The dreaming spires look enchanting all year round, but a cold spell can really be the icing on the cake. Enjoy a feast of Oxford winter moments captured in photographs and words.
In the window seat in Cloisters, looking out over the moonlit snow that had stopped falling, and seeing the tower and listening to the chimes, I said, ‘If I don’t get in here, I think I’m going to die.’
In an interview with Oxford Today, novelist Alan Garner OBE recalls arriving at Magdalen for entrance exams, January 1953.
By the waterworks I beheld a perfect silhouette of Oxford against a white background: Tom Tower and St Mary’s spire, packed with many others in a black mass in the distance, deep snow covering the roofs around. The city seemed small enough to pick up in the hand. I felt like Gulliver in Lilliput.
When I reached Folly Bridge it began to snow again, and not wishing to wander too far I turned into Christ Church Meadow. The snow-flakes first danced merrily in minute particles, then fell more steadily in larger flakes until they seemed to colour the air around me and I could no longer see the meadow. I was reminded of a visit I had once paid to Kew Gardens in late spring. I had been standing under a huge pear-tree in full bloom, and thousands of soft white petals had fallen around me.
Chiang Yee, The Silent Traveller in Oxford (Methuen 1944, reprinted by Signal Books 2003)
The frost still showing no signs of breaking, stopped at Eaglestons on theway into town this morning and bought two pairs of skates, with which J [CS Lewis, or ‘Jack’] and I experimented in the afternoon on the pond… We both found we had forgotten all about it, and the torture — no other word is adequate — to one’s shins was very severe. I did not succeed in recapturing the old thrill… The best feature of it was the extraordinary beauty of the lower wood [behind the Lewis home, the Kilns, just beyond Headington] seen from this unaccustomed viewpoint: especially beautiful was the purplish colour of the tops of the young trees. We neither of us fell, but that is the most that can be said…
From the diary of CS Lewis’s brother Warren, 27 January 1933 (Brothers and Friends, ed. Clyde S Kilby and Margaret Mead)
Jan Morris, Oxford (1965)
It froze hard with a heavy fog… We woke (late) on St Stephen’s Day to find all our windows opaque, painted over with frost-patterns, and outside a dim silent misty world, all white, but with a light jewelry of rime; every cobweb a little lace net, even the old fowls’ tent a diamond-patterned pavilion… The rime was yesterday even thicker and more fantastic. When a gleam of sun (about 11) got through it was breathtakingly beautiful: trees like motionless fountains of white branching spray against a golden light and, high overhead, a pale translucent blue. It did not melt. About 11 p.m. the fog cleared and a high round moon lit the whole scene with a deadly white light: a vision of some other world or time. It was so still that I stood in the garden hatless and uncloaked without a shiver, though there must have been many degrees of frost.....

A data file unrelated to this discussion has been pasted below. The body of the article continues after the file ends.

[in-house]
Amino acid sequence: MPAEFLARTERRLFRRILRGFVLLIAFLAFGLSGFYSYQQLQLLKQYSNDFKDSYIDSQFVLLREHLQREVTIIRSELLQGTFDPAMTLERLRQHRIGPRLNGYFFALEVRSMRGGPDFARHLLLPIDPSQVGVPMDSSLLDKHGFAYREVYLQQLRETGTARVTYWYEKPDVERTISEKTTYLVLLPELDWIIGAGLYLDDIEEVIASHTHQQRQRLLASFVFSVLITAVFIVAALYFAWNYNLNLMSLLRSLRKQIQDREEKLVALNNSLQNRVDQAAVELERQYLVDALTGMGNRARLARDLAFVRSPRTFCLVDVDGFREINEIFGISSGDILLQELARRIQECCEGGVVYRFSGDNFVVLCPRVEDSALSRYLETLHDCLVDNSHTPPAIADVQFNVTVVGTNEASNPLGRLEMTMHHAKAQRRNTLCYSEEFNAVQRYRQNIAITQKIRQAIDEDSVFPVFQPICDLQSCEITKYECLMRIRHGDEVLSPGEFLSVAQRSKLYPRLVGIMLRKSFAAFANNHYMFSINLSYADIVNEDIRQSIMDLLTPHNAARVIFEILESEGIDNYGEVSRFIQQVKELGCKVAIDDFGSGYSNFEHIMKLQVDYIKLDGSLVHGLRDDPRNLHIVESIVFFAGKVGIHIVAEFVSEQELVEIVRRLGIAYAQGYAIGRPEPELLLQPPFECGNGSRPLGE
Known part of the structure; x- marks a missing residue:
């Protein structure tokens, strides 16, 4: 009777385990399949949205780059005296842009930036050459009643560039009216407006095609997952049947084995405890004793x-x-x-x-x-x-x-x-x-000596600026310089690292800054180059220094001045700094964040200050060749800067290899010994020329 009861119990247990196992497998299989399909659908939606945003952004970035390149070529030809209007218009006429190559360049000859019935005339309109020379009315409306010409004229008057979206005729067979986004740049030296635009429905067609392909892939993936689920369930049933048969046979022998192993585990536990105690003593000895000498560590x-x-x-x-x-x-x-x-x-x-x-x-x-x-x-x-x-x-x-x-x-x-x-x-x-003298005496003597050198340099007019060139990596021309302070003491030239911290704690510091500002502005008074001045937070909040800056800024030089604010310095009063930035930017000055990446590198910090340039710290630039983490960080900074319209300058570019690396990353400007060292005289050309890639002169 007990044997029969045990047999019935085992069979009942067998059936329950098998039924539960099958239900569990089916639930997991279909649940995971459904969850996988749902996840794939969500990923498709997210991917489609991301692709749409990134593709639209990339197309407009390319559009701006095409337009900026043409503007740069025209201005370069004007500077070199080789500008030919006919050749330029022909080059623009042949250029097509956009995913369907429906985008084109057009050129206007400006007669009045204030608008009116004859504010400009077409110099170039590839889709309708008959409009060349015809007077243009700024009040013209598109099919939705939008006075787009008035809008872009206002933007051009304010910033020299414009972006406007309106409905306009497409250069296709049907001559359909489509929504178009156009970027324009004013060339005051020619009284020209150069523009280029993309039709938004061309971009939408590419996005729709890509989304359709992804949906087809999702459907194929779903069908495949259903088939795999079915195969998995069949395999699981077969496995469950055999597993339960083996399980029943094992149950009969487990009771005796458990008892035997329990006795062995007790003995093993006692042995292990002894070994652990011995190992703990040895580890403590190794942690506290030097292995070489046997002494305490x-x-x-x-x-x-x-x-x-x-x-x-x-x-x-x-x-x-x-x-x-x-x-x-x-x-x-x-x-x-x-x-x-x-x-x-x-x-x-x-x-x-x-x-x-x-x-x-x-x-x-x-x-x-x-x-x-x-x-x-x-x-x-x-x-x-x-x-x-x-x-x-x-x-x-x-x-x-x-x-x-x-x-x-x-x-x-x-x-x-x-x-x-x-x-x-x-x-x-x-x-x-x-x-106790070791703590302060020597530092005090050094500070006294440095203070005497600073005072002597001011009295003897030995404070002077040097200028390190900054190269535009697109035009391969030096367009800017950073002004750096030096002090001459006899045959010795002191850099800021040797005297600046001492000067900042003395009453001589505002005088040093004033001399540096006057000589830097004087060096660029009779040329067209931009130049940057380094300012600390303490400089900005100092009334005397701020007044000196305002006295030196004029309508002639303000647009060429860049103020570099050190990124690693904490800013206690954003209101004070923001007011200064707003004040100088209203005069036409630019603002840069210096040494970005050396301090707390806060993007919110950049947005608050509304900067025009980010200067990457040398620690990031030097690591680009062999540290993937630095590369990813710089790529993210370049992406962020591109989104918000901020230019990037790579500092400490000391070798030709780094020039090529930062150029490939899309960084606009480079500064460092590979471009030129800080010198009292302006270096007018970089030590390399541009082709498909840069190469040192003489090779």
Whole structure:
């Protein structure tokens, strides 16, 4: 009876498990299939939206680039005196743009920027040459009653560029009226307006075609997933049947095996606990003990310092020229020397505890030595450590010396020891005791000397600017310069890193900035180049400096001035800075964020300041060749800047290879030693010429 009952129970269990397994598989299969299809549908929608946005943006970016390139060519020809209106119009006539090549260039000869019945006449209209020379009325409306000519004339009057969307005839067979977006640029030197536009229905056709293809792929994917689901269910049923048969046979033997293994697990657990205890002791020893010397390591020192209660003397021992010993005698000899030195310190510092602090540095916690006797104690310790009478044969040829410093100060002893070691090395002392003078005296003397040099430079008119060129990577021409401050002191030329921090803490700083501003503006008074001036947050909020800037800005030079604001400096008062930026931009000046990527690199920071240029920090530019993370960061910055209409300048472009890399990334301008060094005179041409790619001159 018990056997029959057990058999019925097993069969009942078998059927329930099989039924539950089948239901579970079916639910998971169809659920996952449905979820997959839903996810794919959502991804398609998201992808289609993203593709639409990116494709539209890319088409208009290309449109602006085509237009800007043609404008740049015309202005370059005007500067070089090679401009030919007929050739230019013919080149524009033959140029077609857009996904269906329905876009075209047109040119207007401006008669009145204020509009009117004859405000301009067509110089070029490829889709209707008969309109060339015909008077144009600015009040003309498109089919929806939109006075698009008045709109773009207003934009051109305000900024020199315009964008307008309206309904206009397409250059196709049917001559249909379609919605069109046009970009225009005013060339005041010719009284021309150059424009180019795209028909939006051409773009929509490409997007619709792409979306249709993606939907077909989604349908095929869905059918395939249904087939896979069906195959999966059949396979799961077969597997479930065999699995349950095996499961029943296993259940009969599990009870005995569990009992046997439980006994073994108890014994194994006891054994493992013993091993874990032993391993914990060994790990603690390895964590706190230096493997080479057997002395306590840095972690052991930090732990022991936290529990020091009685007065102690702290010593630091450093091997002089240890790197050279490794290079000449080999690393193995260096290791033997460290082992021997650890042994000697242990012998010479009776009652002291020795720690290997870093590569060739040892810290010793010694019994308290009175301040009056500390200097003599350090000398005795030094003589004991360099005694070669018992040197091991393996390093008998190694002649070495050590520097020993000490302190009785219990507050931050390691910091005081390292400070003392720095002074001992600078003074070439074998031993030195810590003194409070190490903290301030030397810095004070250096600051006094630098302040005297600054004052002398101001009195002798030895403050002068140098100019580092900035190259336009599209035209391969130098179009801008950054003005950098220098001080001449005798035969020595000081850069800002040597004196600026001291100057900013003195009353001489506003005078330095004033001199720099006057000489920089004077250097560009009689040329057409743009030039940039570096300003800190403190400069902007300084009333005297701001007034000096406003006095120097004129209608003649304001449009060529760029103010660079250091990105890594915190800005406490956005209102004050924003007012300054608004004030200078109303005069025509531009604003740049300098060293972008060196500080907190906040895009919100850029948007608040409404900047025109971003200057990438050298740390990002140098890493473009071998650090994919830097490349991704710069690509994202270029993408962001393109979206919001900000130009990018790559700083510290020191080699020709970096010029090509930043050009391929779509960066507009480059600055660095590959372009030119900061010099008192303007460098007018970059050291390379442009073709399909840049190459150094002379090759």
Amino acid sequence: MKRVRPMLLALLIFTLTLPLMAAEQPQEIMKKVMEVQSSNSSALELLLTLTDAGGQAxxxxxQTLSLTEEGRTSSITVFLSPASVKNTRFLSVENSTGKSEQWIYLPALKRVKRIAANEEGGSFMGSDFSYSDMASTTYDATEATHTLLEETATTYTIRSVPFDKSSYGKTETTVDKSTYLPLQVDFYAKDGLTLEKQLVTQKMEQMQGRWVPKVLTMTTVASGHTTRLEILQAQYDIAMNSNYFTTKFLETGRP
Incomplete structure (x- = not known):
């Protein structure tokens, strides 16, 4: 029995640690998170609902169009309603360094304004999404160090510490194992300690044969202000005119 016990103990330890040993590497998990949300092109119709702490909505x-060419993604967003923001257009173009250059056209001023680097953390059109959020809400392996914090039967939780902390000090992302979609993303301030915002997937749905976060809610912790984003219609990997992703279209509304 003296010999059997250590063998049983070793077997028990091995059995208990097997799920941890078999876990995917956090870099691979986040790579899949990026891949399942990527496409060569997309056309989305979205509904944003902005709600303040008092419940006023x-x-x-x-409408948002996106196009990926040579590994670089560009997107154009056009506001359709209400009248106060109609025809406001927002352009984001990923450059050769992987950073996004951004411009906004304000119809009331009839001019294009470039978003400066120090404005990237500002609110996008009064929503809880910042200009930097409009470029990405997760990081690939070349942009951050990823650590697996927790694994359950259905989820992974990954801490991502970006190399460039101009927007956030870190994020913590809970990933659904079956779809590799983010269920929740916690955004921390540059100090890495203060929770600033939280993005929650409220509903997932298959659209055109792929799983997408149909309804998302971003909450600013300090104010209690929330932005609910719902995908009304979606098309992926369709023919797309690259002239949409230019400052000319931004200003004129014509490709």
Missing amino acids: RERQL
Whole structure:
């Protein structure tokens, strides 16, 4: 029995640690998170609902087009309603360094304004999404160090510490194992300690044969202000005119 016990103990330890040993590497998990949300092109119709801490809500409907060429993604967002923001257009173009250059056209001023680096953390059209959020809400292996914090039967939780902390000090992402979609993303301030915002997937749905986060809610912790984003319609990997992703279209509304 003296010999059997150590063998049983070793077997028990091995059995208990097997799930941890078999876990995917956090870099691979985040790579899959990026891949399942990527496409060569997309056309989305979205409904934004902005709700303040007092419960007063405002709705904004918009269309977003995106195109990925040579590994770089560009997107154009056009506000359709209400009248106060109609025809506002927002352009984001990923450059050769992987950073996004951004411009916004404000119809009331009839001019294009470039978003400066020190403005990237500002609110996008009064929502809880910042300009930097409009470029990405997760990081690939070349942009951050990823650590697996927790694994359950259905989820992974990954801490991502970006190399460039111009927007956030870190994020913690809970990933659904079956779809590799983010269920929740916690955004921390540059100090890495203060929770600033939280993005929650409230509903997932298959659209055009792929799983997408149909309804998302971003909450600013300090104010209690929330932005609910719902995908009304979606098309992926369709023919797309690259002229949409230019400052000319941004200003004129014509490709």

JRR Tolkien, 1944 (The Letters of JRR Tolkien, ed. Humphrey Carpenter)
The winter of 1881 was the last of a great trio and far the grimmest of the three. For when skating was at its height on the thick-frozen rivers, there came upon us a record blizzard, the like of which had never been seen in England before and has never occurred since.… The blizzard was accompanied by a grim frost that lasted for weeks: and there were strange sightrs to be seen in the snow-landscape. The frozen fields were indistinguishable from the frozen river; all were piled up with ice-hummocks: I remember walking from Iffley up the river without knowing it. And the spring was very far advanced before the compact snow-drifts could melt away. In the lane leading from Shotover to Wheatley there was an embankment of frozen snow some fifteen feet hight, and I walked on the hard top of it in the middle of the May of 1881.’
Lewis Farnell, Rector of Exeter College 1913 to 1928 and Vice-Chancellor 1920–23 (An Oxonian Looks Back, 1934)
And once, in winter, on the causeway chill
Where home through flooded fields foot-travellers go,
Have I not pass'd thee on the wooden bridge
Wrapt in thy cloak and battling with the snow,
Thy face towards Hinksey and its wintry ridge?
And thou hast climb'd the hill
And gain'd the white brow of the Cumnor range;
Turn'd once to watch, while thick the snowflakes fall,
The line of festal light in Christ Church hall—
Then sought thy straw in some sequester'd grange.
Matthew Arnold, The Scholar-Gipsy (1853)
All images © Oxford University Images